New York, NY (BBN) – The presence of greenhouse gases in the Earth’s atmosphere last year reached its highest levels since pre-industrial times, a report released by the United Nations World Meteorological Organization (WMO) warns on Monday.
The latest edition of WMO’s Greenhouse Gas Bulletin, which places special focus on rising nitrous oxide concentrations, also notes that the rate of increase of greenhouse gases has recently accelerated.
“Even if we managed to halt our greenhouse gas emissions today – and this is far from the case – they would continue to linger in the atmosphere for decades to come and so continue to affect the delicate balance of our living planet and our climate,” said WMO Secretary-General Michel Jarraud.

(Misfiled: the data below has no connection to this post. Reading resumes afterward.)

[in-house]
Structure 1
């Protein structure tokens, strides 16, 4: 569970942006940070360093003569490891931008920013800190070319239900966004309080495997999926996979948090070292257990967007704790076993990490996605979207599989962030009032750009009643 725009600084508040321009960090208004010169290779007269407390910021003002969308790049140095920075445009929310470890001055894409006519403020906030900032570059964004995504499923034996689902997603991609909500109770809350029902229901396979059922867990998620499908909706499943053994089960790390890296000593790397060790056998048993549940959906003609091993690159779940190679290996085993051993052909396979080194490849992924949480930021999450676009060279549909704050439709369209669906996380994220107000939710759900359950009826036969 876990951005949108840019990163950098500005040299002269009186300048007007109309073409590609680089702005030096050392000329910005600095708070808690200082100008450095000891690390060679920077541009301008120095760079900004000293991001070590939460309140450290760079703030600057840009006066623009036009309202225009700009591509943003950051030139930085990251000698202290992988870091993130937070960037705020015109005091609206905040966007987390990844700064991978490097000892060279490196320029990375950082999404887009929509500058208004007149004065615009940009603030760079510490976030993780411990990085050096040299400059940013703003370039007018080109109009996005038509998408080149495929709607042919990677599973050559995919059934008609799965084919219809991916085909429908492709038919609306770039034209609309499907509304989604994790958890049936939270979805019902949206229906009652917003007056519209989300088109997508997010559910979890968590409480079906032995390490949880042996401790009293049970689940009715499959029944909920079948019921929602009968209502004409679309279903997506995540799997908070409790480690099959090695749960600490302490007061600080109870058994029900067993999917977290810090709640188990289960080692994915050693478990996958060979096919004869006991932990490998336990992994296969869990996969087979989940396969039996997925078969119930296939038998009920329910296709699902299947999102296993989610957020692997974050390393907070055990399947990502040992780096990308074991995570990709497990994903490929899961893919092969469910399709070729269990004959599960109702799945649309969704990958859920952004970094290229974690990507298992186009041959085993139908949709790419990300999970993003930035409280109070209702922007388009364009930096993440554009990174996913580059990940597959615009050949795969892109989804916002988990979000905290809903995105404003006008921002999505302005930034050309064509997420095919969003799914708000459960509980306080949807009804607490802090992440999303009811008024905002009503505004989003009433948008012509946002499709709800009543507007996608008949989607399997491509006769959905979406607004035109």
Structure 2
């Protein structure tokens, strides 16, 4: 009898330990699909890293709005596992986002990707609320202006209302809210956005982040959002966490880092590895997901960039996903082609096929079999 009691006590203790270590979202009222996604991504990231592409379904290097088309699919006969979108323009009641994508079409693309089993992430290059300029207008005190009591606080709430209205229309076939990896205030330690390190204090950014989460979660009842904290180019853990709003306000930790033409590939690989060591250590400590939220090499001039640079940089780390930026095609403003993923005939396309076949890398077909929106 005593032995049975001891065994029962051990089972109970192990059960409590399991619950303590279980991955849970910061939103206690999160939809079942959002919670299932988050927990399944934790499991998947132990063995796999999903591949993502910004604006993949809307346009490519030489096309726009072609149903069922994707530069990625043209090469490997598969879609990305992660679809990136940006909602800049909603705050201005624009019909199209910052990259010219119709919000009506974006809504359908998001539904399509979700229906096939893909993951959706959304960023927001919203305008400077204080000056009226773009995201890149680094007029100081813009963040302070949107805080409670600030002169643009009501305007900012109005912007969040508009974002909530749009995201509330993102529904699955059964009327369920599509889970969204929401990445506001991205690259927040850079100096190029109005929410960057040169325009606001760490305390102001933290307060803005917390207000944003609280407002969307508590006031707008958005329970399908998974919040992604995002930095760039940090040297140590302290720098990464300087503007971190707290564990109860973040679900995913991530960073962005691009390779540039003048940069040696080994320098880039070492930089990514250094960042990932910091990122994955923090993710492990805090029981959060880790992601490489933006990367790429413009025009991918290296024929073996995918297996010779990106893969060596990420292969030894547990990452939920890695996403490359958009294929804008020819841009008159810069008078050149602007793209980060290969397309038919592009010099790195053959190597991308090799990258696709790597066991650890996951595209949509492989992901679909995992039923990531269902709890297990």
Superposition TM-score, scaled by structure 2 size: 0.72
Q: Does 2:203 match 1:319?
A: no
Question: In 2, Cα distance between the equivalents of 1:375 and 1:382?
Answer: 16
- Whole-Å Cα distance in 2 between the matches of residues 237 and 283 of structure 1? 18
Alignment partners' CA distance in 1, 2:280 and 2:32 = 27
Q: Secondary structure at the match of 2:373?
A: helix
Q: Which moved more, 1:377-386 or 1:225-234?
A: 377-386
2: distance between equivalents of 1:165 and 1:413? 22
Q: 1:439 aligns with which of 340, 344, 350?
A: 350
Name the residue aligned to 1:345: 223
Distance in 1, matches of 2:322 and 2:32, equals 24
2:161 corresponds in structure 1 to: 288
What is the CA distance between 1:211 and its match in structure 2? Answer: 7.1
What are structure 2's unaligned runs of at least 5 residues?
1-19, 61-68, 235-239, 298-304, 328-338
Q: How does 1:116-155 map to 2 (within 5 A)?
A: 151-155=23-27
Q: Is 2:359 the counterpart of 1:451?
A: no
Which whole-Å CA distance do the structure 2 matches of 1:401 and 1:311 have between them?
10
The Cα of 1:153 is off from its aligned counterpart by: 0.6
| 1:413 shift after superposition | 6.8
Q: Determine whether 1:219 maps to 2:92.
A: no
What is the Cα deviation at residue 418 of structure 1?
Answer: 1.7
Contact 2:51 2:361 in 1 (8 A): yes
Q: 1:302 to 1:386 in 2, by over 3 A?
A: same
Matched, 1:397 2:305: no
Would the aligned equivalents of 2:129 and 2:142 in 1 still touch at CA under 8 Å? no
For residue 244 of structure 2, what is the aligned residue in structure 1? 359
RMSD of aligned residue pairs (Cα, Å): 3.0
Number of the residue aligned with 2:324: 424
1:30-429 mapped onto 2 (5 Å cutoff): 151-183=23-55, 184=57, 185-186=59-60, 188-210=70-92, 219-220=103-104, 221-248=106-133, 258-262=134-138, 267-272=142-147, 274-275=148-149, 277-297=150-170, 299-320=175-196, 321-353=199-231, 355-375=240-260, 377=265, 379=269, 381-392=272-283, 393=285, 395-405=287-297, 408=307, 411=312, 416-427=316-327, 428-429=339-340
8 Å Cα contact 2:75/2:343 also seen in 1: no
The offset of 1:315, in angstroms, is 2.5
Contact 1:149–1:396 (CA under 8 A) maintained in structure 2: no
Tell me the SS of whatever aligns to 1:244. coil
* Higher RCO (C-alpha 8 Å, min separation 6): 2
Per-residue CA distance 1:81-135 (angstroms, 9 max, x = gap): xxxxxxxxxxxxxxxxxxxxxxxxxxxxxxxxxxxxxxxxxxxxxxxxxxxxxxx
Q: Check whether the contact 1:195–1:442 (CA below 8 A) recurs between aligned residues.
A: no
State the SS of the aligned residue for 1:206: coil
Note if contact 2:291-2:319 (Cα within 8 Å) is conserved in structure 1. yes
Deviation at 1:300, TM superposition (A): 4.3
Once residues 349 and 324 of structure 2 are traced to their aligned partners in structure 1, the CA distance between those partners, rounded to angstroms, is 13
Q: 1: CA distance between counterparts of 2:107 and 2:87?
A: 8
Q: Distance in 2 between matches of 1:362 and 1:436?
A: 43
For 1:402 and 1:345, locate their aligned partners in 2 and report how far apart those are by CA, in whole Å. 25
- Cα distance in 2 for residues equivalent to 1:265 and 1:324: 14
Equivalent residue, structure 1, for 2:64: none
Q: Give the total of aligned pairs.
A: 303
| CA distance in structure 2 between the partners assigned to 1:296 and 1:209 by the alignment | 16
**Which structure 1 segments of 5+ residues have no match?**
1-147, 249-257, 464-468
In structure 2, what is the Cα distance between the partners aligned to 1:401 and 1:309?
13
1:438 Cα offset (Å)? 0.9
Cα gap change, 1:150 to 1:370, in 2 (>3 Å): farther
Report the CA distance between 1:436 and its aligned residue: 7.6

According to the report, the 20 years to 2010 saw a 29 per cent increase in “radiative forcing” – the warming effect the gases have on the Earth’s climate – from greenhouse gases, with carbon dioxide accounting for 80 per cent of this increase.
“Now more than ever before, we need to understand the complex, and sometimes unexpected, interactions between greenhouse gases in the atmosphere, Earth’s biosphere and oceans,” Mr. Jarraud said.
Human activities, such as fossil fuel burning and agriculture, are major emitters of greenhouse gases, which trap radiation within the Earth’s atmosphere, causing it to warm and spur climate change.
Carbon dioxide, methane, and nitrous oxide are the three main contributors to greenhouse gasses, with carbon dioxide’s atmospheric abundance rising by 39 per cent since the start of the industrial era in about 1750.
BBN/SI/AD-22Nov11-1:37 pm (BST)